Used on physically secure PCs, SoftID's one-time password software is claimed to address this need by providing the most advanced level of security that is available with a software-only solution.
SoftID is actually a software version of Security Dynamics' two-factor hardware security system. Each end of the link generates a password based on a base number to which a fixed security algorithm is applied. Every 60 seconds, this encryption system is changed by using a second number, unique to both the sender and recipient.
Therefore, SoftID generates a new access code every 60 seconds that combines with a secret PIN to authenticate users who want to access a protected network.
According to Security Dynamics, SoftID is easy to use, because you simply enter your PIN, and SoftID transmits a one-time pass code to Security Dynamics Ace/Server software at the distant end of the network.
An administrator installs SoftID by creating a series of installation disks for distribution to users. These disks are then used to install or de-install the SoftID program on users' PCs.
Verdict: SoftID is one of the most secure PIN-protected authentication systems on the market. The system is ideal for secure remote access, across LAN, WAN and remote dial-up links, without overkill in the security stakes.
Finding the right approach to IT security is not an easy job, as shown by the 1996 National Computer Security Survey from KPMG. According to the research, the majority of companies fail to meet the three key controls affecting physical security. These are particularly important in the light of recent terrorist incidents.
The report identifies that 75 per cent of companies don't have a designated security officer; 77 per cent have no formal procedure for reporting security incidents; and 65 per cent don't have a business continuity plan.
Michael Bacon, director of information security services at KPMG, says that, in 1995, the British Standards Institute specified 10 key controls defining the minimum standards for computer security.
He adds: 'When you consider how valuable equipment and data is to organisations, it is extremely disturbing that such a large number have failed to implement these basic security requirements. Effective security procedures, particularly business continuity plans, should be of paramount importance to companies.' According to Bacon, failing to have an effective, up-to-date plan can have serious implications for businesses.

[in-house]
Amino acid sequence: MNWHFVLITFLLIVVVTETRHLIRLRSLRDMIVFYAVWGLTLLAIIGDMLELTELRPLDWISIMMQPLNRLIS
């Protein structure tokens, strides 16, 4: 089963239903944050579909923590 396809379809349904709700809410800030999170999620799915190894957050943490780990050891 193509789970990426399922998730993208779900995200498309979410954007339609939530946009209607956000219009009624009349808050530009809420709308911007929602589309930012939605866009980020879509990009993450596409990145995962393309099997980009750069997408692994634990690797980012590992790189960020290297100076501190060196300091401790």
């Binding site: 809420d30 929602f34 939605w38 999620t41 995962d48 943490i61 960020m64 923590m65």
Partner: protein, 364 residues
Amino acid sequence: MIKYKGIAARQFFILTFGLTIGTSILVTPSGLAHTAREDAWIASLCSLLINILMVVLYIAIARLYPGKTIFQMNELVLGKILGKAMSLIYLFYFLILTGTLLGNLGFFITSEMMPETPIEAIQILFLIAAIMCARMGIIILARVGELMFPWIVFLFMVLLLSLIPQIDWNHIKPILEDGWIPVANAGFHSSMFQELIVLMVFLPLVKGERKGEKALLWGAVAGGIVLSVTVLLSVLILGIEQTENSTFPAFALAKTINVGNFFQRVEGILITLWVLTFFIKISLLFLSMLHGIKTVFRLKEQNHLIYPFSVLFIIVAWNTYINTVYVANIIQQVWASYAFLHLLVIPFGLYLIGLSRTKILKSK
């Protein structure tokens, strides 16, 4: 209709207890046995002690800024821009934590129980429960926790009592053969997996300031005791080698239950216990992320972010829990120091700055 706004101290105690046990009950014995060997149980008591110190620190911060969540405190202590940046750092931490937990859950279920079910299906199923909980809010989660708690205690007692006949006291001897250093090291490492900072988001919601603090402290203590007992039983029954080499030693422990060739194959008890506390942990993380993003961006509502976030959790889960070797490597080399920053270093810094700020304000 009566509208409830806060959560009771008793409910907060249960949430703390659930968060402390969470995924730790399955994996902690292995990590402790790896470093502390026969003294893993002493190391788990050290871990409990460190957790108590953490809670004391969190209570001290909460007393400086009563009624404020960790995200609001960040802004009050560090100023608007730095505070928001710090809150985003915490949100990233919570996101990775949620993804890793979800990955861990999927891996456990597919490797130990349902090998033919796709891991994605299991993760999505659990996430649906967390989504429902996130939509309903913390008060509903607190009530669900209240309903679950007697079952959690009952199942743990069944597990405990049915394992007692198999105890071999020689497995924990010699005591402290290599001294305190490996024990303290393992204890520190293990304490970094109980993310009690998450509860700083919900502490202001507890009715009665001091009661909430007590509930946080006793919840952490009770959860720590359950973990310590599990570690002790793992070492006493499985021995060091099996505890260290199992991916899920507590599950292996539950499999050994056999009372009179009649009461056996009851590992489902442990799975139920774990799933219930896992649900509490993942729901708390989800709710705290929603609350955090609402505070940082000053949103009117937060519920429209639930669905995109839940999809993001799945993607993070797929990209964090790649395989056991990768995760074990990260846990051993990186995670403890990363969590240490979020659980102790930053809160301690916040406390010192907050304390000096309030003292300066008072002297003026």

Bacon further adds that one of the main causes for concern highlighted in the report is the boom in unauthorised and unknown Internet connections used by employees. As he puts it: 'Inappropriate access to the Internet is one of the greatest information security threats facing the business community today. Yet few companies have adequate security measures to cope with this growing problem.'
Dr Solomon's Software: 01296 318700
KPMG: 0171 311 1000
On Technology: 01753 673333
Siemens Business Communications Systems: 01908 855000
Why do companies suffer data loss?
In order to clarify the actual symptoms of data loss and so help prevent it, Ontrack Data Recovery commissioned a study that looked at more than 50,000 hard drives and other storage devices which contained data that users could not access.
The result of this detailed research was the Ontrack Data Recovery Lab Report, which lists the causes of data loss and the signs that users need to watch out for, as well as advice on how to minimise the damage. According to Richard Keech, general manager at Ontrack Europe, 'many users won't know anything about losing their valuable data until they try to access it again.'
The report also reveals that data losses today are potentially much more serious and damaging than in recent years, which is partly due to the amount of mission-critical data being stored, as well as the sheer volume of data often stored on a single device.
Some of the study's key findings include the fact that 80 per cent of those questioned back up their data, although none check their restore capabilities. In addition, Ontrack found that about 75 per cent of data initially thought to be lost could be recovered by taking sensible precautions and contacting an expert when problems arise.
Contact: Ontrack Data Recovery on 01372 741999 or www.ontrack.com
Is your company switchboard a target for abuse?
According to a report from IT specialist Benchmark, UK companies are losing millions of pounds to telecoms fraud. The report stresses that, unless the problem is resolved, the losses will continue to rise.
Although only six per cent of respondents say they have knowingly been victims of hacking, a third of the organisations polled also admit they would not know if someone had hacked into their systems.
The report notes that one of the most common types of telecoms fraud involves PABX dial-through systems. Benchmark claims this problem arises because the four-digit PINs on most PABXs are numeric only, so can be cracked in repeated hacking attempts.